When Vice Presidential Candidate Sarah Palin’s Yahoo e-mail was hacked during the campaign, the culprit was looking for messages that might damage the candidate’s reputation. Her inbox contained less than her hacker had hoped, but she was criticized for using personal e-mail to send job-related messages.
The incident raises the issue of business and personal e-mail use policy throughout organizations. And it raises the issue of e-mail security.
Any high-level executive’s personal e-mail could be hacked for purposes of defamation or corporate espionage, say some analysts. It’s not frequently reported, but “I’m sure it happens all the time,” says Bruce Schneier, president of BT Counterpane and an IT security author. What was missing in Palin’s case, according to reports, was a strong security question and response. That was a glaring security flaw, says Schneier.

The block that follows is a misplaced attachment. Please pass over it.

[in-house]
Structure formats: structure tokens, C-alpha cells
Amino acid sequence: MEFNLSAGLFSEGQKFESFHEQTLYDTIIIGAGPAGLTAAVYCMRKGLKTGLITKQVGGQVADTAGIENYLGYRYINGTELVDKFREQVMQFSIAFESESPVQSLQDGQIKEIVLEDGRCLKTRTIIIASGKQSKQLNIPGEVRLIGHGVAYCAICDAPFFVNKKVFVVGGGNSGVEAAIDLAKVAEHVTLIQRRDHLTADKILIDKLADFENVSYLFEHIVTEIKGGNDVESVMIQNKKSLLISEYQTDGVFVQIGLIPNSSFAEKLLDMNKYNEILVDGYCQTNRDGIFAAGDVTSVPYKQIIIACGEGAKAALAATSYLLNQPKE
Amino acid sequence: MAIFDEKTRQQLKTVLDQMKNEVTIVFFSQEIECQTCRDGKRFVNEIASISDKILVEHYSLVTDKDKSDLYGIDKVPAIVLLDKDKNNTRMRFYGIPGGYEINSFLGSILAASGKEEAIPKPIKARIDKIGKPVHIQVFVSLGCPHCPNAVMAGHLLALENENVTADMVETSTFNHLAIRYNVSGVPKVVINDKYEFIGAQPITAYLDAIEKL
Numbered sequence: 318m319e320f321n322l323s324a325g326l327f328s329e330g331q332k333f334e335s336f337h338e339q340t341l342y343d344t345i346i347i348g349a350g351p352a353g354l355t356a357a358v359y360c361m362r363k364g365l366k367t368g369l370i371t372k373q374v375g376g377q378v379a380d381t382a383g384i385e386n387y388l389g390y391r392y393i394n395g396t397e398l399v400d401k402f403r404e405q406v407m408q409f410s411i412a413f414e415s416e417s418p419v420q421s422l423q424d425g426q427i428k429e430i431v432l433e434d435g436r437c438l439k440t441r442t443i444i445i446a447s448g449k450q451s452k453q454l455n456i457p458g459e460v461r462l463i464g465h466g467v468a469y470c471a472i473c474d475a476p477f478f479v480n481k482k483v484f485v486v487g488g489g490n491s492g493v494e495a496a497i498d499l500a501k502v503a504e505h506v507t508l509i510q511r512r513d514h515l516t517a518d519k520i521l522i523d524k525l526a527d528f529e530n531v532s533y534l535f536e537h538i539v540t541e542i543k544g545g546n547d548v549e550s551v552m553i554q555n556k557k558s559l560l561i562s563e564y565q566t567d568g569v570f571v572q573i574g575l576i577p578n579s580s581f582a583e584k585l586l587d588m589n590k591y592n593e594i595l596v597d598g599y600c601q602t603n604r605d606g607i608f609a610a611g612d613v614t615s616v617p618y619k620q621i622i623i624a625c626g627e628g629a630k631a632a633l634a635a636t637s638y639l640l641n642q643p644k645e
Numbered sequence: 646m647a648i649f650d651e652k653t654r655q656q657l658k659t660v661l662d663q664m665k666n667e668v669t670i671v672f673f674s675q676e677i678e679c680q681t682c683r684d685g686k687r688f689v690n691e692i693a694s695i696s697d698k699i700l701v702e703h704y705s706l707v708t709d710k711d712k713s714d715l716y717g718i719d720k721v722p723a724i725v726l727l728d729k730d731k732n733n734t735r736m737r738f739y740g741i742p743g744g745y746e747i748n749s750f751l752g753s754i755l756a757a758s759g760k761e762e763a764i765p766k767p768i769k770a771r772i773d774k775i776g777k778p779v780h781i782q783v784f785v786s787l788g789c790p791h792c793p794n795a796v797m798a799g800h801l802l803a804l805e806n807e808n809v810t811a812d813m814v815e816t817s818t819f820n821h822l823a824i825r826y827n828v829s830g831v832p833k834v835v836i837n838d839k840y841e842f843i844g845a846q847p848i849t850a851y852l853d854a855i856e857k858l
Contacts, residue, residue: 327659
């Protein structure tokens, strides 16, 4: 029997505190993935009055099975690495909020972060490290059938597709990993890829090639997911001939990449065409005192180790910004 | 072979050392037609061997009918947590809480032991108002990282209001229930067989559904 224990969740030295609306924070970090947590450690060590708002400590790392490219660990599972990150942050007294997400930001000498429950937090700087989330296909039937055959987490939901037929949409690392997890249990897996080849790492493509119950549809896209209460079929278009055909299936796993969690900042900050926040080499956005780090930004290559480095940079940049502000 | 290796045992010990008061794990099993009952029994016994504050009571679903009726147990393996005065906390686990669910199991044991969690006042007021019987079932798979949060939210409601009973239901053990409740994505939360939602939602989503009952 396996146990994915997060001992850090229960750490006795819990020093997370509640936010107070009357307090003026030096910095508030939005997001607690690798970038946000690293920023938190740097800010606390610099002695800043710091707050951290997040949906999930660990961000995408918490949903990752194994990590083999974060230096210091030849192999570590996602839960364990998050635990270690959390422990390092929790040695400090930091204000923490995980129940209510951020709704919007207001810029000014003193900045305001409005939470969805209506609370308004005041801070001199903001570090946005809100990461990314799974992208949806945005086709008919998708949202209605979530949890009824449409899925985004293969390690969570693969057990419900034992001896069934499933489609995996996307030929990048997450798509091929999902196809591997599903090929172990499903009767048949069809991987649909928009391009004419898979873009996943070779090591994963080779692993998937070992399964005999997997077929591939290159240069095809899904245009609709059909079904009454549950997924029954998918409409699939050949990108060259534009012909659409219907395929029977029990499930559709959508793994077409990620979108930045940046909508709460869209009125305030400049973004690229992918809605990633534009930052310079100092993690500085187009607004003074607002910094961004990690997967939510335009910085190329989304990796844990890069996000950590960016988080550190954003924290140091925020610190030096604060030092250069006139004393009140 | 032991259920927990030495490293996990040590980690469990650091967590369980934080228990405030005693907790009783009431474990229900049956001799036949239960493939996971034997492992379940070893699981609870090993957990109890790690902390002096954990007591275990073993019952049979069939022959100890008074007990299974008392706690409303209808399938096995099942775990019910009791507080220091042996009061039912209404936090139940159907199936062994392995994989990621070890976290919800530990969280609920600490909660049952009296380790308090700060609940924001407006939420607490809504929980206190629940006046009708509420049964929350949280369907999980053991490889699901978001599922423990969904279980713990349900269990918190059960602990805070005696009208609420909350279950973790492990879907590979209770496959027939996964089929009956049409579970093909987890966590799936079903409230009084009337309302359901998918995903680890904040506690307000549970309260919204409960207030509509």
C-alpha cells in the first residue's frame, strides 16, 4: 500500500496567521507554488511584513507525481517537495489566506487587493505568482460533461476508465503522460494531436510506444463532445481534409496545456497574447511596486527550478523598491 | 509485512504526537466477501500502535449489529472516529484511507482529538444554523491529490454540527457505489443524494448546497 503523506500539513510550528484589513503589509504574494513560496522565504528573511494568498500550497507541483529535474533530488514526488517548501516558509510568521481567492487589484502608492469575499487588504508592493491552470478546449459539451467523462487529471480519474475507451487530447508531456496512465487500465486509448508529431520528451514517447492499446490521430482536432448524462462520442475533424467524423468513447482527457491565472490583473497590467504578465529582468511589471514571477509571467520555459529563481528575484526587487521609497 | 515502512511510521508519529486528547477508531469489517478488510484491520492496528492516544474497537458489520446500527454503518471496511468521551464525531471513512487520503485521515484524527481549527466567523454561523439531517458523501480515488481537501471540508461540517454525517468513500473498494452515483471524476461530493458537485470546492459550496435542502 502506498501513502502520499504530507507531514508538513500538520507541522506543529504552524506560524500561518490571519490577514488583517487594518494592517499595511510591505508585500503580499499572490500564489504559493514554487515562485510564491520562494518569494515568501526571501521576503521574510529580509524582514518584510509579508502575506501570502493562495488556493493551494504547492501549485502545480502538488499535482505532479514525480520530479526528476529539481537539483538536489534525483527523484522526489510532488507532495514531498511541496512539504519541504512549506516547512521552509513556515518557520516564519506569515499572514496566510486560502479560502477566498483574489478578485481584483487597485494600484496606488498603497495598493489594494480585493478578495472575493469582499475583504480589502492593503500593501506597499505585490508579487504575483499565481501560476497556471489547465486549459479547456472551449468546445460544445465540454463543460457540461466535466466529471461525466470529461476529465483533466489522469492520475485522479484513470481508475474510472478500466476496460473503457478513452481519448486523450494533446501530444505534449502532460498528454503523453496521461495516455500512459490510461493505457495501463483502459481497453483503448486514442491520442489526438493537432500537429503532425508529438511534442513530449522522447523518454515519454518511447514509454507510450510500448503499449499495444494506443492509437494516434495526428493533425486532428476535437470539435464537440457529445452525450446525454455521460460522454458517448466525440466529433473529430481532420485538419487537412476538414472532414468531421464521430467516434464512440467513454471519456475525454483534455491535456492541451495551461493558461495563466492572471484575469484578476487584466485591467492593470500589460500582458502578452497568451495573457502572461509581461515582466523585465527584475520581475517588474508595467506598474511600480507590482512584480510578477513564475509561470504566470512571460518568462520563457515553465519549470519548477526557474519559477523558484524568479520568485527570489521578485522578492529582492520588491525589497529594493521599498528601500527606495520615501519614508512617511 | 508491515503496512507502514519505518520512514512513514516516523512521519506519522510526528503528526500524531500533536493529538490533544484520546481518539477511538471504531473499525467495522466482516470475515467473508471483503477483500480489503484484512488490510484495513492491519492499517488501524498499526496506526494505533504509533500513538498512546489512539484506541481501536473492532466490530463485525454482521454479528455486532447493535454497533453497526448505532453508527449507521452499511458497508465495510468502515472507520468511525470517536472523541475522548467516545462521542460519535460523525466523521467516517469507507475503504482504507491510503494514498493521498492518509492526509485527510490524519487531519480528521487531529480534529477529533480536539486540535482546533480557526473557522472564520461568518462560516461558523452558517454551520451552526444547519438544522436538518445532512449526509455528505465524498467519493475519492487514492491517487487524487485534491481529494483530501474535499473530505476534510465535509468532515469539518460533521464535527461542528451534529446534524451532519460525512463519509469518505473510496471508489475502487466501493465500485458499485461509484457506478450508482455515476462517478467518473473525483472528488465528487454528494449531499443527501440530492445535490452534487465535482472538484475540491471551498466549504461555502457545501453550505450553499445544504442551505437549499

Companies should have a clear policy separating business and personal e-mail use, says Chenxi Wang, a Forrester Research analyst. That policy should be well communicated to employees. Companies should have strict policies, especially with regard to the handling of e-mails containing sensitive information, including customer data or information of high intellectual-property value. Companies should teach the policy when employees begin work and periodically thereafter.